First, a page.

Some years ago, I found that several of my employees were criminals. As I fired them and turned evidence I had over to law enforcement, I realized that I had another problem: These ex-employees knew my company, my network, my strategies, my defenses and, especially, my weaknesses.
When I was later attacked, I suspected that they were the perps because of stylistic quirks of the attack, as well as the innate knowledge required to damage me in the way they did. I turned over that evidence to law enforcement also.
Some of these never-indicted ex-employees are now part of the industry I was in at that time. I’ve sat next to some of them in summit meetings, and I might even have had a few of them as customers.
I keep sitting by the river, waiting for bodies to float by. I am a patient man.
In light of the kind of dual agency suspected here, it’s not too soon to consider the risks of information sharing.
This thread of events came to mind today, when Marcus Hutchins was indicted by the FBI for taking an active role in the Kronos banking Trojan horse in 2014 and 2015. On one hand, indictment and conviction are worlds apart. And in this case—and in the United States at this time—Hutchins is innocent until proved guilty.
READ MORE ON KRONOS AND MARCUS HUTCHINS
But on the other hand, he was the hero of the moment a few months ago, when he single-handedly stopped the WannaCry ransomware attack, simply by registering an Internet domain name that this malicious software used as an off-switch.
Hutchins was thereafter invited to speak at several security conferences of industry insiders, which is how I met him. He was also invited to join at least one electronic community of insiders of which I am a member. And join he did.
If guilt is proved, we ought to worry about who Hutchins’ friends and associates are, and how much of the daily rantings and information sharing to which he’s been party have by now been shared with other criminals.
In spite of the paranoia-level caution we use when interacting with one another, we expose a lot of information in mostly meaningless bite-size chunks.
Right now, there is only an indictment, and it could all blow over. Given that Hutchins released some demonstration malware as open-source software in 2014, this indictment might all be some grand misunderstanding. But in light of the kind of dual agency suspected here, it’s not too soon to consider the risks of information sharing.
The good guys—those of us who recognize and respect property rights, and who defend those rights online—have to be able to work together to have a motivating impact. We need to expose defense methods and sometimes dangerous nonpublic observations in order to receive or provide the cooperation our relevance and success requires. That cooperation, in turn, relies on trust, and trust does not scale well, as potentially shown by today’s indictment of Hutchins.
A human is able to innately reach a “trust state” with at most a few dozen people. After that, concepts, rather than perceptions and gut feelings, are necessary to grow a circle of trust. But even with strong rules for trust, including vouching and vetting, very few humans can even conceptually trust a group of more than about 75 other humans.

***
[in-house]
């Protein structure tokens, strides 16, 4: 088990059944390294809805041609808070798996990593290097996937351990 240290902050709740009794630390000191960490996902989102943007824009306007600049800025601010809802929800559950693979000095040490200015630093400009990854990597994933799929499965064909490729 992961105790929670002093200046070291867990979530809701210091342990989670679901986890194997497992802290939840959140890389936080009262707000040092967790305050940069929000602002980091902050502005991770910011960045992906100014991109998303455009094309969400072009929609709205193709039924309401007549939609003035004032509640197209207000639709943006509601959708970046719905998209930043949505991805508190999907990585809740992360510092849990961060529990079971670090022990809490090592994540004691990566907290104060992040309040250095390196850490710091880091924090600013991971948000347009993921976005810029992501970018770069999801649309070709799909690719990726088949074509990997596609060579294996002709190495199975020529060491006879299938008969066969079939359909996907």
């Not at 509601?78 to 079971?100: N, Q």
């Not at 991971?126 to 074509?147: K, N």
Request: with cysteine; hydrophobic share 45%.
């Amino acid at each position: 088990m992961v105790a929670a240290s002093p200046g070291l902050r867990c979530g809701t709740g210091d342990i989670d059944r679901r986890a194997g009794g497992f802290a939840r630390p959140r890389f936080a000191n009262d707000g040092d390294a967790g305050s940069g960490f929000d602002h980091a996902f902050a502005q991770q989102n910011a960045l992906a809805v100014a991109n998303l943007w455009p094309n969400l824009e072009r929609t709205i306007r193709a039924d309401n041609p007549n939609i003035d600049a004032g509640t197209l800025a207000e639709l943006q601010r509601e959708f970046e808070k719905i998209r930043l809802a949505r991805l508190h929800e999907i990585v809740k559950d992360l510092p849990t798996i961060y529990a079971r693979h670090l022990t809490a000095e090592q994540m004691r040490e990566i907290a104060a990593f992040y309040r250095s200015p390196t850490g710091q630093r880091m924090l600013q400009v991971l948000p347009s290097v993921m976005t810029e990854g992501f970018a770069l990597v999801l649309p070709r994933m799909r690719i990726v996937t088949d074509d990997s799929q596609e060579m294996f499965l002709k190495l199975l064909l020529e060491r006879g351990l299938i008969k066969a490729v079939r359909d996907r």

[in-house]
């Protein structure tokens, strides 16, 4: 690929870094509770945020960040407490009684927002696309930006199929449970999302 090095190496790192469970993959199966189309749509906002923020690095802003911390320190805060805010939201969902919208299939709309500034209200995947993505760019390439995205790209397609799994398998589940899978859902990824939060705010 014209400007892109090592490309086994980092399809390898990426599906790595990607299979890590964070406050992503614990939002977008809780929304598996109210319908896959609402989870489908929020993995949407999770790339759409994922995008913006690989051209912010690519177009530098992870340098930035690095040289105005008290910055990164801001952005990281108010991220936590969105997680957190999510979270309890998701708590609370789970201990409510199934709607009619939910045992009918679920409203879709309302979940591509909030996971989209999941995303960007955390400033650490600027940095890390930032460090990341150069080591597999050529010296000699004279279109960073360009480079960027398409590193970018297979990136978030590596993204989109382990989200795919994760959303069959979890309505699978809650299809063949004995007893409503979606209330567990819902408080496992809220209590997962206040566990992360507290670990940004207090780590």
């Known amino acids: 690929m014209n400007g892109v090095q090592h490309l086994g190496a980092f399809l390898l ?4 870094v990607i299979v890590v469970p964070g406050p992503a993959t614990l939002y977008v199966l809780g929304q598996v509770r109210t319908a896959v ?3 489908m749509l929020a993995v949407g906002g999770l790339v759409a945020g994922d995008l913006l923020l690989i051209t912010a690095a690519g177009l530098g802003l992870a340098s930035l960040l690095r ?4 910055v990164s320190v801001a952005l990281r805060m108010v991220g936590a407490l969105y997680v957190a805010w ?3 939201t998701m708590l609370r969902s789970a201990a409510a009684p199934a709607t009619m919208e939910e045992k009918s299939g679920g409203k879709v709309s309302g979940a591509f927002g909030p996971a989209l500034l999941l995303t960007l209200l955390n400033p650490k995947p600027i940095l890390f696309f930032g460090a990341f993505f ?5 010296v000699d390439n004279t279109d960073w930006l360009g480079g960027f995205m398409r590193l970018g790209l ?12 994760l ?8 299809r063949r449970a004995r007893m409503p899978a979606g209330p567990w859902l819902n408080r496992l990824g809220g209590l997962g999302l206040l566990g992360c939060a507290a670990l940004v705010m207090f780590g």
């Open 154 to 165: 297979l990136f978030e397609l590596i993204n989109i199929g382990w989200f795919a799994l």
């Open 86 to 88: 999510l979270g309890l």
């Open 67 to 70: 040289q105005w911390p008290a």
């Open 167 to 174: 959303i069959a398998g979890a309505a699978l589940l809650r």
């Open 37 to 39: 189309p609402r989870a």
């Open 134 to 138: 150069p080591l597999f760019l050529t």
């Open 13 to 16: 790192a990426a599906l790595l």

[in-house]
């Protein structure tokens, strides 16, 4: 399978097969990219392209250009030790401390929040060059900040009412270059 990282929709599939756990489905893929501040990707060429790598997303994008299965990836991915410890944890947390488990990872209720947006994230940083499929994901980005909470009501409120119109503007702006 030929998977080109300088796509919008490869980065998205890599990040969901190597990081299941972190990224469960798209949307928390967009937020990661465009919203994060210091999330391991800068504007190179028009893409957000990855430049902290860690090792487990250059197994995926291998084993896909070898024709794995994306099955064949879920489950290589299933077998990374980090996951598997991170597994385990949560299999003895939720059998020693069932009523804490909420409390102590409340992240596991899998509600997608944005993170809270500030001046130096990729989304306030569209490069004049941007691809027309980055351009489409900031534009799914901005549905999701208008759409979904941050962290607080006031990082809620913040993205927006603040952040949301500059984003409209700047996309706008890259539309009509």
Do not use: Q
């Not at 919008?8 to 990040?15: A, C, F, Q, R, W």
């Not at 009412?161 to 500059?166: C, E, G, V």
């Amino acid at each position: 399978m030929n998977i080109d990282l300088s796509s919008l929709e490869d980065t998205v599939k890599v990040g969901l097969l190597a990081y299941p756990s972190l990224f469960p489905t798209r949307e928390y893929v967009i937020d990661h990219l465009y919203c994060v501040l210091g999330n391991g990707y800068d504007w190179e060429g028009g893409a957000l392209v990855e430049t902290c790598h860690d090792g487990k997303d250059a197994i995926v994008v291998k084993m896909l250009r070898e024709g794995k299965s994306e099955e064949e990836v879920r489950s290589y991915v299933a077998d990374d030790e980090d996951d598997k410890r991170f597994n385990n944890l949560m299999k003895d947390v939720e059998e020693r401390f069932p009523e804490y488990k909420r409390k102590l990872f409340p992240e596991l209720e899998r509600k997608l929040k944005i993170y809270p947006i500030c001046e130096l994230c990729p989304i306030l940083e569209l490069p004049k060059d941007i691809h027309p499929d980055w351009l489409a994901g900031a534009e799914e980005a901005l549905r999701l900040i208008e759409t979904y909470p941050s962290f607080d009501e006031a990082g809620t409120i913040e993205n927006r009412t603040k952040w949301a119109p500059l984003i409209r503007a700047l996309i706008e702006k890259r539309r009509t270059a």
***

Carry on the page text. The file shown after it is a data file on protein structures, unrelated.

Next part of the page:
The only obvious constructive lesson for all of us thus far is, don’t be careless or blithe in vouching for others.
Someone whose only trust indicator is that everyone in the group has been vetted by some handful of others won’t necessarily behave trustfully, such as sharing sensitive information, or even exposing the existence of sensitive information by asking a question of the whole group.
These limitations are among the structural defects in digital defense I keep ranting about and that I hope to speak about at the SANS Institute’s Cyber Threat Intelligence Summit in January. Bad guys don’t have to trust, or even know the real identity of, other members of an attack team to succeed and prosper.
In a sense, there’s a limit to how much damage Hutchins could have done to the trust community he and I were both members of until his indictment today. It has thousands of members, and truly sensitive information is rarely exposed in a group that large. By the nature of its population size, it’s not a trustworthy and trustful group. However, in spite of the paranoia-level caution we use when interacting with one another, we expose a lot of information in mostly meaningless bite-size chunks.
Noting that data science has taught all of us quite a lot about deanonymization and various kinds of re-correlation, it’s safe to say that if Hutchins actually is a bad guy, he might have weakened the powers of Internet security goodness by sharing with other bad guys even just the character and social structure of the industry insider community of which he has been a member.
Since the usual damage cost after such an injury is dominated by overreaction and counterreaction, I fear that we’ll soon see even more paranoia, less information shared, and less cooperation. That would hurt us all more than it could possibly help us. So, I urge calm.
The only obvious constructive lesson for all of us thus far is, don’t be careless or blithe in vouching for others. If you haven’t seen or even communicated with somebody for a year or longer, maybe you should let others with more recent experience than yours vouch for the solidity of that somebody’s character.
I have seen a bandwagon effect from time to time, probably because vouching or inviting or otherwise helping to grow an industry insider community is an action we can take. And so often in this business, there is no action any of us can take. Greater self-evaluation and self-reflection may be warranted here. Creating and maintaining trust must—must!—be hard work.